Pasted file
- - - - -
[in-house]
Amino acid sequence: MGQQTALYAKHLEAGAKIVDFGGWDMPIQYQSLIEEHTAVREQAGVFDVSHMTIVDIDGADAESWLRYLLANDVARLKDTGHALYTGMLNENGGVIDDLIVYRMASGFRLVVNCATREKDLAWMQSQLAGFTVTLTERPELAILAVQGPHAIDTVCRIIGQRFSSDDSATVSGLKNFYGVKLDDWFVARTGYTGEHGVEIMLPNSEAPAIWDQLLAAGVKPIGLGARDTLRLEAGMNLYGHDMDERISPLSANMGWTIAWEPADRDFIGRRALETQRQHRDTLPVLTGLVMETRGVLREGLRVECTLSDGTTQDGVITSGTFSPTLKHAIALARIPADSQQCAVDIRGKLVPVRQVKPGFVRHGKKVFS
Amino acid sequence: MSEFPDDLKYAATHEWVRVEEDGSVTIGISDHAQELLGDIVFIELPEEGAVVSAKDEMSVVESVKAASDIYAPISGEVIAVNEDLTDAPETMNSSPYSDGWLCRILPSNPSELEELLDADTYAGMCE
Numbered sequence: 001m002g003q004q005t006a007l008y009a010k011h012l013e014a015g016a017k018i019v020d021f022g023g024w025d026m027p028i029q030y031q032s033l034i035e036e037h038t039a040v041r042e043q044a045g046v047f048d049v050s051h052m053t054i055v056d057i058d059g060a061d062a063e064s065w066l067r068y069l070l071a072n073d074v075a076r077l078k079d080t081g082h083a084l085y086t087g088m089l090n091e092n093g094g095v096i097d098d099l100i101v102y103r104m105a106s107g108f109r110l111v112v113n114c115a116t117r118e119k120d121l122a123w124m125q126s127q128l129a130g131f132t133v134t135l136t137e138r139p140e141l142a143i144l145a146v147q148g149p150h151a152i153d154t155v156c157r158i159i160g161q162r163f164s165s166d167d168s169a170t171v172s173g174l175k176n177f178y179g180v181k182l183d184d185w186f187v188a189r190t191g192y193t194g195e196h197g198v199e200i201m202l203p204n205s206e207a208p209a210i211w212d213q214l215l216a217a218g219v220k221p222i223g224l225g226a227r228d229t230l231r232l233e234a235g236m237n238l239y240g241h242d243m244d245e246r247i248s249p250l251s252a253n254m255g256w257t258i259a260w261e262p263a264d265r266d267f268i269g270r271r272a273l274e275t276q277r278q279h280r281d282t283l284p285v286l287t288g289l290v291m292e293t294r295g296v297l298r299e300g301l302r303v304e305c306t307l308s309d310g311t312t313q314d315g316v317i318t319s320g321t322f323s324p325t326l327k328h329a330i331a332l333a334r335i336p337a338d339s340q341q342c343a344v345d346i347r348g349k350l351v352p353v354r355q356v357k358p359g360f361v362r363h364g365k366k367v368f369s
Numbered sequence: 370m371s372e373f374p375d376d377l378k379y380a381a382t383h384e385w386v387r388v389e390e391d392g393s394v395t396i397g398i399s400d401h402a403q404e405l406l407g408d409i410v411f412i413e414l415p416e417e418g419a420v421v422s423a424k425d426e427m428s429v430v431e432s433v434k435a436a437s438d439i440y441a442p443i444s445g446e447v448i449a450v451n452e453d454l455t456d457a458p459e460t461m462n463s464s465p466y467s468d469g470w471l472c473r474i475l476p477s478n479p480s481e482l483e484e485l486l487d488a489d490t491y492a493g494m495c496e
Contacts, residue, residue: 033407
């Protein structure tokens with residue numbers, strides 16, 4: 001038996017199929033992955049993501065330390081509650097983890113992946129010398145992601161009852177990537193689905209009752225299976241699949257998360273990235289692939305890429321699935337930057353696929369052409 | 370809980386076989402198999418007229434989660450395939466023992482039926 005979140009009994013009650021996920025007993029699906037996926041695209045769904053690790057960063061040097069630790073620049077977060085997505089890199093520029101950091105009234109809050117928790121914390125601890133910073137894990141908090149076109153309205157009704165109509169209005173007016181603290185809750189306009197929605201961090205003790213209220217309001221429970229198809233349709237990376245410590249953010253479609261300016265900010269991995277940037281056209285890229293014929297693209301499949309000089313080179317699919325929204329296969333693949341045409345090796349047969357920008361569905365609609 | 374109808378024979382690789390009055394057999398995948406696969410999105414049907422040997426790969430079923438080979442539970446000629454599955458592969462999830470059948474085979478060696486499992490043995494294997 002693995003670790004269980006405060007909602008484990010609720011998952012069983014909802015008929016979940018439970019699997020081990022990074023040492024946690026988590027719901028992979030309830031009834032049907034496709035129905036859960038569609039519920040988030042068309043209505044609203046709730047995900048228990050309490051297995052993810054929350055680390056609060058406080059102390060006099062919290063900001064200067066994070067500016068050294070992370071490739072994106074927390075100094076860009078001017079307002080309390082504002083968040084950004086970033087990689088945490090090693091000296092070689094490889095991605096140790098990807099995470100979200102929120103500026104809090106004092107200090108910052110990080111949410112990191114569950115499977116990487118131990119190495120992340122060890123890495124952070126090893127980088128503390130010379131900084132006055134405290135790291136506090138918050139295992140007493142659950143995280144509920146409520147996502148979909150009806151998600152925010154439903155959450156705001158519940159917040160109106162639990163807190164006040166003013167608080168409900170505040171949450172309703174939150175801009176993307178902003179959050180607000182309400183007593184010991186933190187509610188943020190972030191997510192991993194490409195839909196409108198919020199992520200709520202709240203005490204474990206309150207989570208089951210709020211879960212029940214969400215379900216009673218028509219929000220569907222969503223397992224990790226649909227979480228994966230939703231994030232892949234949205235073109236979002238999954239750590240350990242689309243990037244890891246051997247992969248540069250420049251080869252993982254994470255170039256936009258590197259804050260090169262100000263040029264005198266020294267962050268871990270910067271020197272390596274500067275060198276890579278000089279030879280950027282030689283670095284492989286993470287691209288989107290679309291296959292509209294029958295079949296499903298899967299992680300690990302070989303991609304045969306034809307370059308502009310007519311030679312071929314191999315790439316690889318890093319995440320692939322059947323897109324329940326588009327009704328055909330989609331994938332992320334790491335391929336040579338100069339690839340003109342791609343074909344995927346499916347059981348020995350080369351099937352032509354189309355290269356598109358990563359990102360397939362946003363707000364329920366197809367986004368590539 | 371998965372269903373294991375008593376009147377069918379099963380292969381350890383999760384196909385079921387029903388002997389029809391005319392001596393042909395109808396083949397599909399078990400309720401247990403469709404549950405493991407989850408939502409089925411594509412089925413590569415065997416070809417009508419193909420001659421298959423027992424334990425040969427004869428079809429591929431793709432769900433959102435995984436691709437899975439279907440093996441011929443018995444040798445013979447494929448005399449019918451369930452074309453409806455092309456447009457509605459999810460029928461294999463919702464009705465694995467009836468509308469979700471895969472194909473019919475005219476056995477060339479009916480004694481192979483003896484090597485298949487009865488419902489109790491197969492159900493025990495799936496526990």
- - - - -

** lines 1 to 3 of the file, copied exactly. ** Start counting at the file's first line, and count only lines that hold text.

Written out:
[in-house]
Amino acid sequence: MGQQTALYAKHLEAGAKIVDFGGWDMPIQYQSLIEEHTAVREQAGVFDVSHMTIVDIDGADAESWLRYLLANDVARLKDTGHALYTGMLNENGGVIDDLIVYRMASGFRLVVNCATREKDLAWMQSQLAGFTVTLTERPELAILAVQGPHAIDTVCRIIGQRFSSDDSATVSGLKNFYGVKLDDWFVARTGYTGEHGVEIMLPNSEAPAIWDQLLAAGVKPIGLGARDTLRLEAGMNLYGHDMDERISPLSANMGWTIAWEPADRDFIGRRALETQRQHRDTLPVLTGLVMETRGVLREGLRVECTLSDGTTQDGVITSGTFSPTLKHAIALARIPADSQQCAVDIRGKLVPVRQVKPGFVRHGKKVFS
Amino acid sequence: MSEFPDDLKYAATHEWVRVEEDGSVTIGISDHAQELLGDIVFIELPEEGAVVSAKDEMSVVESVKAASDIYAPISGEVIAVNEDLTDAPETMNSSPYSDGWLCRILPSNPSELEELLDADTYAGMCE